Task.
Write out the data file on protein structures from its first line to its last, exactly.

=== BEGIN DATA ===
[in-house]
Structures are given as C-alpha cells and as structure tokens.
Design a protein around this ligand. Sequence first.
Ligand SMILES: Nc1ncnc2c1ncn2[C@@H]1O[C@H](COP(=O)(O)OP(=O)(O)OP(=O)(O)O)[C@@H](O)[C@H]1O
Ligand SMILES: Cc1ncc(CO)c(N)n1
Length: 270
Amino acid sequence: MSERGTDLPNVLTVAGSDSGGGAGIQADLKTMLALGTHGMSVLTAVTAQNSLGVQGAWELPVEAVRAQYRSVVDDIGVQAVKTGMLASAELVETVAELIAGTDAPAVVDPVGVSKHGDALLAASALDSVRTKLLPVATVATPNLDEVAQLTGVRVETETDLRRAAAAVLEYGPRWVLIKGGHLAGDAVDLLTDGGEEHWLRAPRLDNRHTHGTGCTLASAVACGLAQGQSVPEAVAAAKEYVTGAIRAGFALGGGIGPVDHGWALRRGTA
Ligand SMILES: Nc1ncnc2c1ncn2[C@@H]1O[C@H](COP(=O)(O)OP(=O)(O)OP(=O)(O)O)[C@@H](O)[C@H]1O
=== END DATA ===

[in-house]
Structures are given as C-alpha cells and as structure tokens.
Design a protein around this ligand. Sequence first.
Ligand SMILES: Nc1ncnc2c1ncn2[C@@H]1O[C@H](COP(=O)(O)OP(=O)(O)OP(=O)(O)O)[C@@H](O)[C@H]1O
Ligand SMILES: Cc1ncc(CO)c(N)n1
Length: 270
Amino acid sequence: MSERGTDLPNVLTVAGSDSGGGAGIQADLKTMLALGTHGMSVLTAVTAQNSLGVQGAWELPVEAVRAQYRSVVDDIGVQAVKTGMLASAELVETVAELIAGTDAPAVVDPVGVSKHGDALLAASALDSVRTKLLPVATVATPNLDEVAQLTGVRVETETDLRRAAAAVLEYGPRWVLIKGGHLAGDAVDLLTDGGEEHWLRAPRLDNRHTHGTGCTLASAVACGLAQGQSVPEAVAAAKEYVTGAIRAGFALGGGIGPVDHGWALRRGTA
Ligand SMILES: Nc1ncnc2c1ncn2[C@@H]1O[C@H](COP(=O)(O)OP(=O)(O)OP(=O)(O)O)[C@@H](O)[C@H]1O